Our findings also demonstrated that this improvement in pain is related with an increase in serum BDNF. However, we cannot exclude that the changes in BDNF have been an effect secondary to improvement in pain. The increase in serum BDNF in the rTMS group is consistent with the evidence provided by other studies of depressed patients who underwent multiple rTMS treatment sessions and exhibited increased serum BDNF.
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      This finding supports the notion that BDNF levels may constitute a marker of neuroplasticity that underlies the therapeutic effect of rTMS. The finding also suggests that the serum BDNF is a surrogate marker that may be useful to monitor the therapeutic effects of rTMS.
      Although the mechanisms underlying motor cortex rTMS-induced analgesia remain unclear, they may be similar to those involved in the analgesia after chronic motor cortex stimulation through surgically implanted epidural electrodes to treat refractory neuropathic pain.
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      Neuropathic pain: Transcranial electric motor cortex stimulation using high frequency random noise. Case report of a novel treatment.
      Furthermore, neuroimaging studies have demonstrated that the rTMS effect is not confined to the motor area but instead involves the activation of a set of cortical regions that mediate pain processing and modulation, such as the cingulate, insular, orbitofrontal, and prefrontal cortices as well as the thalamus and striatum.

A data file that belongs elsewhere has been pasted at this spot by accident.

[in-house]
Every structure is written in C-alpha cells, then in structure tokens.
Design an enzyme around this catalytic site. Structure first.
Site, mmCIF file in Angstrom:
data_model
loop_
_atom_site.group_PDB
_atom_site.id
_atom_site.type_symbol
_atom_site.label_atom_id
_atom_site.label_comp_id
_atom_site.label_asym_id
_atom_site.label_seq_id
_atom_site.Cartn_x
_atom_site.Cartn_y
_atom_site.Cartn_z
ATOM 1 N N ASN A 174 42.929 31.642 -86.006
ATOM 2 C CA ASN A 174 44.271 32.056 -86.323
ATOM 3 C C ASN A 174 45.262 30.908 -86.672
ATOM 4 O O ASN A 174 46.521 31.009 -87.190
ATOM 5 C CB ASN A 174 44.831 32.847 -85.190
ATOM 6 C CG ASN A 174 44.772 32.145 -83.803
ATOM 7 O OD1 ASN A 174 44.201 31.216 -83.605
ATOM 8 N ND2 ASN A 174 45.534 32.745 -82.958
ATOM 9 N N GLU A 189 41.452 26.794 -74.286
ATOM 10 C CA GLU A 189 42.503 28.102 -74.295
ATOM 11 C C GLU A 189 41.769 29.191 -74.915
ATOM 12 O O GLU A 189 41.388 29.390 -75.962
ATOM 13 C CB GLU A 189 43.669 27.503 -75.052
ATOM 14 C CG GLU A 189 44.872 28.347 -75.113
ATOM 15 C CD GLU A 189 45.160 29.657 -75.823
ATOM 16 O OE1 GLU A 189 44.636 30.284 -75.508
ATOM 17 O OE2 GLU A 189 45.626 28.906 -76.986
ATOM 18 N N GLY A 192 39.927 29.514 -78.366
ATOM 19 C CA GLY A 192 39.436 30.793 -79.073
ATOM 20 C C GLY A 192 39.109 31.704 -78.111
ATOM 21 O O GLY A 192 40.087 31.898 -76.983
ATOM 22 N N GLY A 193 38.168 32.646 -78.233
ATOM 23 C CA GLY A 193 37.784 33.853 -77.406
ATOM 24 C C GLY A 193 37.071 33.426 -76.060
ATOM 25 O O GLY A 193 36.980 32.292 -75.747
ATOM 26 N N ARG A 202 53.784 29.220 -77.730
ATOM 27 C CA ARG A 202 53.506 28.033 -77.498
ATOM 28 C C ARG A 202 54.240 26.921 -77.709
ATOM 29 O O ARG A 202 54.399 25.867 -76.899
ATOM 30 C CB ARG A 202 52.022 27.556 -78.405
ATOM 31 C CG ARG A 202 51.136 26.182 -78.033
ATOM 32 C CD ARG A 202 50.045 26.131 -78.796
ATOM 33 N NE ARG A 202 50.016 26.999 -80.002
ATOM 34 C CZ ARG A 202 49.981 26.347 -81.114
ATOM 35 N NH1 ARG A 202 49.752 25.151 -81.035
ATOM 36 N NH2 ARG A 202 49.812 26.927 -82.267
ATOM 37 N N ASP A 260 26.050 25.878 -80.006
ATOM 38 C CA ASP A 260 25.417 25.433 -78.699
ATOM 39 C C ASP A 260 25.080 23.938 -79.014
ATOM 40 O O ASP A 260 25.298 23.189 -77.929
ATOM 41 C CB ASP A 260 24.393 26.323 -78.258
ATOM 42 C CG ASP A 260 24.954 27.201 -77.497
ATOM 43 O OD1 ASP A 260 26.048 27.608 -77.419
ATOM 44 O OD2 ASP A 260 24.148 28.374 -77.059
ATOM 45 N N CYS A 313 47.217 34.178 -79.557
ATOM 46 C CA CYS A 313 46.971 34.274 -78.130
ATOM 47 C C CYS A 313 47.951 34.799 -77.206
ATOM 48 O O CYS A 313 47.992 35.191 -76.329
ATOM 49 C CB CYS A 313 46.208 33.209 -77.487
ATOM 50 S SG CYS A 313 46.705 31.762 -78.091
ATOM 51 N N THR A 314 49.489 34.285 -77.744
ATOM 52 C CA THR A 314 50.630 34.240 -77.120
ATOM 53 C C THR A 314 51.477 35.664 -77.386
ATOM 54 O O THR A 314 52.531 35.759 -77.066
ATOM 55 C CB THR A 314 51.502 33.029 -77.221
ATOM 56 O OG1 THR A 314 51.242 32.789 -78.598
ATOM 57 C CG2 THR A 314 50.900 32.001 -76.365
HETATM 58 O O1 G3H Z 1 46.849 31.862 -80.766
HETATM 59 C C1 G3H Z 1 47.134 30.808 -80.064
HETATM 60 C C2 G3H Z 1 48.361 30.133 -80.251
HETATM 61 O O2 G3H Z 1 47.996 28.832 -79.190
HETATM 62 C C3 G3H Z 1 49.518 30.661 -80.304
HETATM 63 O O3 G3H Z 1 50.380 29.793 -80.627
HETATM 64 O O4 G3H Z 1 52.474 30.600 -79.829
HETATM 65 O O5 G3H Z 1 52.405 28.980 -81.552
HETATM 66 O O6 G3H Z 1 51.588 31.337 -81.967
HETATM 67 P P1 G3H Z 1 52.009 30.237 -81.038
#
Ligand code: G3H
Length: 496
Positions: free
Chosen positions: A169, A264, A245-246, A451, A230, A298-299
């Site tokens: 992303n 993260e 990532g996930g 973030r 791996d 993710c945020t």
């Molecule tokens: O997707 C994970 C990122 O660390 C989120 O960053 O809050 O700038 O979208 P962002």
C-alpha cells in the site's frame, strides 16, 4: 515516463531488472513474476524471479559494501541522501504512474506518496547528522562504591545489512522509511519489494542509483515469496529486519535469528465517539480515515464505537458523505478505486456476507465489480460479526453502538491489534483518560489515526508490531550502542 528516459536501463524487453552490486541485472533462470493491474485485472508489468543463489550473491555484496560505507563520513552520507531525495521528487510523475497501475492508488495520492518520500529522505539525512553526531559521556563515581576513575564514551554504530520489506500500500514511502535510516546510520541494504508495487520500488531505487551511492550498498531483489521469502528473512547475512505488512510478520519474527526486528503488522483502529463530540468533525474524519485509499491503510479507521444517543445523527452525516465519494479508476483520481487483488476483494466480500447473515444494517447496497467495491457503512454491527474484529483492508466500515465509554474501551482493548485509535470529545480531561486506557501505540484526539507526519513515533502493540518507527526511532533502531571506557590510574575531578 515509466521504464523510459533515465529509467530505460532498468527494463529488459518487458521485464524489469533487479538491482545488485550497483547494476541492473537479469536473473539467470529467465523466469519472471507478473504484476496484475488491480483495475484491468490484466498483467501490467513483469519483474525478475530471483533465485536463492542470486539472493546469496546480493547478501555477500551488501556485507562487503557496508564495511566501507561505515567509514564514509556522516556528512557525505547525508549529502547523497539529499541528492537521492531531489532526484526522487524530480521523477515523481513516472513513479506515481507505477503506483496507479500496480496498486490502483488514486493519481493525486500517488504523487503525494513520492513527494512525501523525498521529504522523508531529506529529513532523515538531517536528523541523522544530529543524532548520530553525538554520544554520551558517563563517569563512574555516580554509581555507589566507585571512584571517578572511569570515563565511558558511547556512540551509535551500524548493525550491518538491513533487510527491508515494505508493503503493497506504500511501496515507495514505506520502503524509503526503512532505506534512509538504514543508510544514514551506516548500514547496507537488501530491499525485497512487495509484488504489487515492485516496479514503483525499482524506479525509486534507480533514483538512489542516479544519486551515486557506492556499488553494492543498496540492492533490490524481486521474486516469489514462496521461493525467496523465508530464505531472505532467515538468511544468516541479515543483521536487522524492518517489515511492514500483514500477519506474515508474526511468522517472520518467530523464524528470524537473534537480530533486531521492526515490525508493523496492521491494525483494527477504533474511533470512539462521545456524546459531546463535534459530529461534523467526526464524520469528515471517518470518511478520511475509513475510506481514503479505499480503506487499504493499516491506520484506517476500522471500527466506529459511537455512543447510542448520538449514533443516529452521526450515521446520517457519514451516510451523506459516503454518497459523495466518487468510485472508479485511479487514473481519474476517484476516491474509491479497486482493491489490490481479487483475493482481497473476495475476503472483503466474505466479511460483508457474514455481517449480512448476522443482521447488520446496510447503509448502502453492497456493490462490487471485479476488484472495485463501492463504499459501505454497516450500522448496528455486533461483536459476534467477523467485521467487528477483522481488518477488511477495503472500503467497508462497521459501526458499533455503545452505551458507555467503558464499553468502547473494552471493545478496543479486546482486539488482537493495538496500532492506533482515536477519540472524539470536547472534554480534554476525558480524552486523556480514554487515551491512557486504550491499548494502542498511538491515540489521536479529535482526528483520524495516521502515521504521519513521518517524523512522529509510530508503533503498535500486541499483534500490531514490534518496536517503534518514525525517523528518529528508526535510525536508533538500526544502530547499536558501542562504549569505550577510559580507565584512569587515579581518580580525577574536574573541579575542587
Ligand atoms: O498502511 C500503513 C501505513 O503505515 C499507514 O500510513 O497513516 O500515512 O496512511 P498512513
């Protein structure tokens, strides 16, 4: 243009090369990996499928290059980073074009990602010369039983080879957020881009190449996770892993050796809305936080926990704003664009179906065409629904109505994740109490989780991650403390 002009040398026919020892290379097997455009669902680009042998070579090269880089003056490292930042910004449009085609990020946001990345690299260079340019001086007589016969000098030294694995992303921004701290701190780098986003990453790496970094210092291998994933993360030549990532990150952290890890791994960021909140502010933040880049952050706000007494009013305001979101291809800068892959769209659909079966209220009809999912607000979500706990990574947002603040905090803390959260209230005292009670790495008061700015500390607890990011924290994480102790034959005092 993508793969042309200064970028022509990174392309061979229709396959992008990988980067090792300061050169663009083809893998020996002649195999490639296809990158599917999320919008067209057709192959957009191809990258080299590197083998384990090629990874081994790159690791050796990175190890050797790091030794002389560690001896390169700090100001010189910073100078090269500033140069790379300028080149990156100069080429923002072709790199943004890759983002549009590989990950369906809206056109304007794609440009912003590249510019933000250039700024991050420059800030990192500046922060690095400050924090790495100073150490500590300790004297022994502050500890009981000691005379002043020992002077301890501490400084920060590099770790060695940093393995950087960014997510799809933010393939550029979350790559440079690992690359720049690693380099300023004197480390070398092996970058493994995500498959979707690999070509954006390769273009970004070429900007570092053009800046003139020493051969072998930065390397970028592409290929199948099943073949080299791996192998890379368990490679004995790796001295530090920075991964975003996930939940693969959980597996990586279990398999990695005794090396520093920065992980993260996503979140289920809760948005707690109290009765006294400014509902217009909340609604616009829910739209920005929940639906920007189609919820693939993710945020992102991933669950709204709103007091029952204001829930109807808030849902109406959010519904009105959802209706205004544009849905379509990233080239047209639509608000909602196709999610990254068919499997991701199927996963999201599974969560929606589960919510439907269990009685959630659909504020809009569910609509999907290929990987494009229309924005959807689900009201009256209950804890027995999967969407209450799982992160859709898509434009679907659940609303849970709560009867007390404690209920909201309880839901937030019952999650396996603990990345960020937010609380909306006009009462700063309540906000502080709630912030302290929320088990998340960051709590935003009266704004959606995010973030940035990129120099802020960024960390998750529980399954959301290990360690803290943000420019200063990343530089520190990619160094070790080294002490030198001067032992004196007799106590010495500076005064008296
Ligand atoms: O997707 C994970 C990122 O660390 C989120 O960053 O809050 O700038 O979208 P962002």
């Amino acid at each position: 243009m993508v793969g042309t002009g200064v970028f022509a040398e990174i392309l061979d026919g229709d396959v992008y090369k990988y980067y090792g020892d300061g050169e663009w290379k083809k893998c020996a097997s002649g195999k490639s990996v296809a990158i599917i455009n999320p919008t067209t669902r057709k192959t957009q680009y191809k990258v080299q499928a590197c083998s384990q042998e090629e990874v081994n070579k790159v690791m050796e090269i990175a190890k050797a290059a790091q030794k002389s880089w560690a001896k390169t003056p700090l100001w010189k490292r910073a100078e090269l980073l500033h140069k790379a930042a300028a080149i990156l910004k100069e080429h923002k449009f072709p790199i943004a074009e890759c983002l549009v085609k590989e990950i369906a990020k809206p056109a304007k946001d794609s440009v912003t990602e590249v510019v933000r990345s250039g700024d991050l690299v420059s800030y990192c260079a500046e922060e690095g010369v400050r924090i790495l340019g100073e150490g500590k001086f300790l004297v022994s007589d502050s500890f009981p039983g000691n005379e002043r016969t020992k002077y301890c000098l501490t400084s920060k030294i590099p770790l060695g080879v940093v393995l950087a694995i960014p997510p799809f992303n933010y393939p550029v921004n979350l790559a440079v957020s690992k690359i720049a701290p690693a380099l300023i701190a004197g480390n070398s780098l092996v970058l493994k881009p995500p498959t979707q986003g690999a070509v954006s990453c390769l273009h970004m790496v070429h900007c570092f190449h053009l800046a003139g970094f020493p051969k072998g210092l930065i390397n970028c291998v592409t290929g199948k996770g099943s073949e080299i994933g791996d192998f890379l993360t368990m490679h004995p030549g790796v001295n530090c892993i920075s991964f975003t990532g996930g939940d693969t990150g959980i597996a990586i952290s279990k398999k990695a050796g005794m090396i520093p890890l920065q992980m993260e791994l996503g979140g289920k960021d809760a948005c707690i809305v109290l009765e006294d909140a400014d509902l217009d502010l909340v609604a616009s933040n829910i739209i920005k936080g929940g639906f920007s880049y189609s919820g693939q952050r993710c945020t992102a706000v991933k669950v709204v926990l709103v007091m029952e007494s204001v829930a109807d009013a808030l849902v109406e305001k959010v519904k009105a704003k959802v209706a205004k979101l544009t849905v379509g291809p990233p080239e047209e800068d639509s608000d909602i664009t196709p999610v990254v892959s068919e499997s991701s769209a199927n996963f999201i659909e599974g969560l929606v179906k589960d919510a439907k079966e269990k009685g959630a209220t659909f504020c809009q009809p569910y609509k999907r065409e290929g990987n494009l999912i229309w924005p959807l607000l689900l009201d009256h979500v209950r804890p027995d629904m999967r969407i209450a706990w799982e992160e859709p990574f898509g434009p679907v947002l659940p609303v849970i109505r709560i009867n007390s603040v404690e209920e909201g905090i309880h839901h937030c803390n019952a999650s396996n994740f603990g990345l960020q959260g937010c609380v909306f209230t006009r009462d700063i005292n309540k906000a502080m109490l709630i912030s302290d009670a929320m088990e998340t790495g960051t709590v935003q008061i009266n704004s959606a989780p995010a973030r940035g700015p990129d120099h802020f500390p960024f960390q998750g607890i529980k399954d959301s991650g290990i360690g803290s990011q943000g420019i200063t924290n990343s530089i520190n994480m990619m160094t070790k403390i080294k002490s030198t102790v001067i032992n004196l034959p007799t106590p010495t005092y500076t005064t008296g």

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      In addition, the rTMS effect on CPM demonstrated in this study (Table 2) revealed that the rTMS-induced analgesia involves the activation of pain-modulating systems that are organized in the diencephalon and/or descend from the brainstem to the spinal cord. This finding is consistent with recent evidence that the rTMS effects are mediated by opioid,
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      and glutamate systems.
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      rTMS of the left dorsolateral prefrontal cortex modulates dopamine release in the ipsilateral anterior cingulate cortex and orbitofrontal cortex.
      An interesting finding is that the rTMS effect on the corticospinal system is related to increased MEP amplitude and reduced ICF (Table 2). Moreover, the adjusted analysis revealed that the improvement in the descendent modulatory system can be partially explained by the increase in the MEP (Table 3). This result suggests that the rTMS reduced the excitability of the nociceptive pathways (as indexed by the ICF) and enhanced the activity of descending tracts, whose motor portion is assessed by the MEP. Thus, the dynamic state of cortical hyperexcitability and decreased spinal inhibition found in chronic MPS may be explained by disturbances in both GABAergic and glutamatergic intracortical networks (represented using cortical excitability parameters) that were successfully modulated to favor descending inhibition (possibly GABAergic systems) using rTMS. Although the ICF represents a complex phenomenon that reflects increased activity within glutamatergic circuits, the increases in ICF may also result from a loss of GABAA-mediated modulation.